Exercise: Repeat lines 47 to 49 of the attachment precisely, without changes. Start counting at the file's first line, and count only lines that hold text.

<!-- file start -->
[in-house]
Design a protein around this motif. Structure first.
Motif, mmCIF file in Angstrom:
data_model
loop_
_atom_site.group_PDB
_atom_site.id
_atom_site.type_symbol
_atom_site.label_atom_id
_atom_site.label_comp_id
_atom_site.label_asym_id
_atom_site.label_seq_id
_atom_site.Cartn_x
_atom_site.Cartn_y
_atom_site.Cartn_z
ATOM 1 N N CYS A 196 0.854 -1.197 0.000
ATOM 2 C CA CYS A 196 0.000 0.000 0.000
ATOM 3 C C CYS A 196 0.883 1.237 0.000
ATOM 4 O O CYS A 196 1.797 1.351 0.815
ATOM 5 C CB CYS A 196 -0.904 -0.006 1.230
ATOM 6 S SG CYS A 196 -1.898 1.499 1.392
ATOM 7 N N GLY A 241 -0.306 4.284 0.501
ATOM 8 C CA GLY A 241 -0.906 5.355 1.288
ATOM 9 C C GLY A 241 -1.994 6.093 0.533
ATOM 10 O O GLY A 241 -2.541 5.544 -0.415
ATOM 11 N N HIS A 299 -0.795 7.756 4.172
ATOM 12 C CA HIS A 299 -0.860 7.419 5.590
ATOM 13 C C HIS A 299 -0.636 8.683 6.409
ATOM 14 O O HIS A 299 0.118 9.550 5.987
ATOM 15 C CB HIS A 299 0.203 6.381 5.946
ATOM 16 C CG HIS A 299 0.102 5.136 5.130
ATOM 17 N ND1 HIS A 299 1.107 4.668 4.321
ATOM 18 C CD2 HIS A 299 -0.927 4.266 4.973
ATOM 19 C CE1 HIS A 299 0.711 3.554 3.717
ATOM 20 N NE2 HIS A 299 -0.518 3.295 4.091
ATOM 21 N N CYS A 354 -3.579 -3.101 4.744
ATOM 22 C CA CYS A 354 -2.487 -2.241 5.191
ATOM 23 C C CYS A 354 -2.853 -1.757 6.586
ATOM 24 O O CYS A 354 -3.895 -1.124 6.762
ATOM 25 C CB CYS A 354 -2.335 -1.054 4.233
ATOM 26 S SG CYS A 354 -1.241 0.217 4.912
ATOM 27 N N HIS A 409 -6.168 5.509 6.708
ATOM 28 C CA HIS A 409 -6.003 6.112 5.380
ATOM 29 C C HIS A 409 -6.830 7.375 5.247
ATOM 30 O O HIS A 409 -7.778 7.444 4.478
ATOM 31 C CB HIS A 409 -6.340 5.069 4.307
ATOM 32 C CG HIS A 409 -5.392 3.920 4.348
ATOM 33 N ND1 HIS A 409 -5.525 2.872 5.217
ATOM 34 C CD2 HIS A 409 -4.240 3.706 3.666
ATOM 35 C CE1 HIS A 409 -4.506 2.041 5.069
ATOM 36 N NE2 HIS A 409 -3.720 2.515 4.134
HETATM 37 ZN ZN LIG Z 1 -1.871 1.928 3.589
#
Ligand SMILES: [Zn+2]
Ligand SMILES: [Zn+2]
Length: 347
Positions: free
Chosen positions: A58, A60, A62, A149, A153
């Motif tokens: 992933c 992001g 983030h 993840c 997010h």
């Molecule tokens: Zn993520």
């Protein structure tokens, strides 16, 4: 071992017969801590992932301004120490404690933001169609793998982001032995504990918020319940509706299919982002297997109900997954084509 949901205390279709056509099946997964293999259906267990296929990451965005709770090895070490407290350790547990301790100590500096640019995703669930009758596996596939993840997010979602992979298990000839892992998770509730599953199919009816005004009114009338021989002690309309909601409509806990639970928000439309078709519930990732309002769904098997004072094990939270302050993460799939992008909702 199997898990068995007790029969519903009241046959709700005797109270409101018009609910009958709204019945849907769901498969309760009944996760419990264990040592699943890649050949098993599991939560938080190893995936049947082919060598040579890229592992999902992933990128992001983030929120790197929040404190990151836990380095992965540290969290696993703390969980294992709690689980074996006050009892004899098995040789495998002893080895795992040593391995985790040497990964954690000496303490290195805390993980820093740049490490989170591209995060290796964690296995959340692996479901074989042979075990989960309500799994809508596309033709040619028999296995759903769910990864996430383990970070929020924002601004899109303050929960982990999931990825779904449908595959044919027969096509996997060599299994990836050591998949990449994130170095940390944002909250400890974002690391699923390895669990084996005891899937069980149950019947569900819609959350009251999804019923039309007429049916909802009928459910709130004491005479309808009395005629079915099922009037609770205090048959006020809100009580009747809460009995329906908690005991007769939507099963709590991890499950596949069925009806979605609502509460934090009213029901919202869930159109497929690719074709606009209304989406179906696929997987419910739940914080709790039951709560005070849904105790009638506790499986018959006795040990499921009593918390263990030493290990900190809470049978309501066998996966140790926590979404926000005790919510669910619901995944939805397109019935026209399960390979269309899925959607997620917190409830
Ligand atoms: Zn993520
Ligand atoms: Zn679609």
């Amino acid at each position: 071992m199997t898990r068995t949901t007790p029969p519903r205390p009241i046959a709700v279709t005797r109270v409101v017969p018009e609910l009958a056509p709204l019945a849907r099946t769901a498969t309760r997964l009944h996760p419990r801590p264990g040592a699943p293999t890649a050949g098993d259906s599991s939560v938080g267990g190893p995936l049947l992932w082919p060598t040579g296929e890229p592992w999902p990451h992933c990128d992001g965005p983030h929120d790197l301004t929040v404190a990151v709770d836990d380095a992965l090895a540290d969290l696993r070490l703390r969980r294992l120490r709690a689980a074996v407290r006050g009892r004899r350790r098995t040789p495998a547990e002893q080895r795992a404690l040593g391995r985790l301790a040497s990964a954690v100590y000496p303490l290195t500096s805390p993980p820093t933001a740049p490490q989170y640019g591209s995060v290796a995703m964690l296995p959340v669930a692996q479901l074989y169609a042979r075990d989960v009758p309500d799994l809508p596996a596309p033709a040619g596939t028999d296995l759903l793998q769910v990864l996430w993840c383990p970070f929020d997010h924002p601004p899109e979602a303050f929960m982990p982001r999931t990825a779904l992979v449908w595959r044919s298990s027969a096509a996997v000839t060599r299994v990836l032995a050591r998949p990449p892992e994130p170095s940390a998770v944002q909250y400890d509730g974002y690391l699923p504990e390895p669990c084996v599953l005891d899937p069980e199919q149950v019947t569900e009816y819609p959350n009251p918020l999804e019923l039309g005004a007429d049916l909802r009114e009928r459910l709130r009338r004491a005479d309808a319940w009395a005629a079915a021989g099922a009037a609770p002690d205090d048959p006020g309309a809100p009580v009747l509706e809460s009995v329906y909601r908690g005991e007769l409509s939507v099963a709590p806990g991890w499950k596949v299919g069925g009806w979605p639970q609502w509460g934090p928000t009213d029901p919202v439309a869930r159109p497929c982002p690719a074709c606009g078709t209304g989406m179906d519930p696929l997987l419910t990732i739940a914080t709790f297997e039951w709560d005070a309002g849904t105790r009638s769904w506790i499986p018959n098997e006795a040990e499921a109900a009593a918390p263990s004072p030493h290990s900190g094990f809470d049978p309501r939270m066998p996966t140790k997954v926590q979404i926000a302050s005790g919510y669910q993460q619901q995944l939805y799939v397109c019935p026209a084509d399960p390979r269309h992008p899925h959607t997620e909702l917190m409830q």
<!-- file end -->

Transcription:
ATOM 32 C CG HIS A 409 -5.392 3.920 4.348
ATOM 33 N ND1 HIS A 409 -5.525 2.872 5.217
ATOM 34 C CD2 HIS A 409 -4.240 3.706 3.666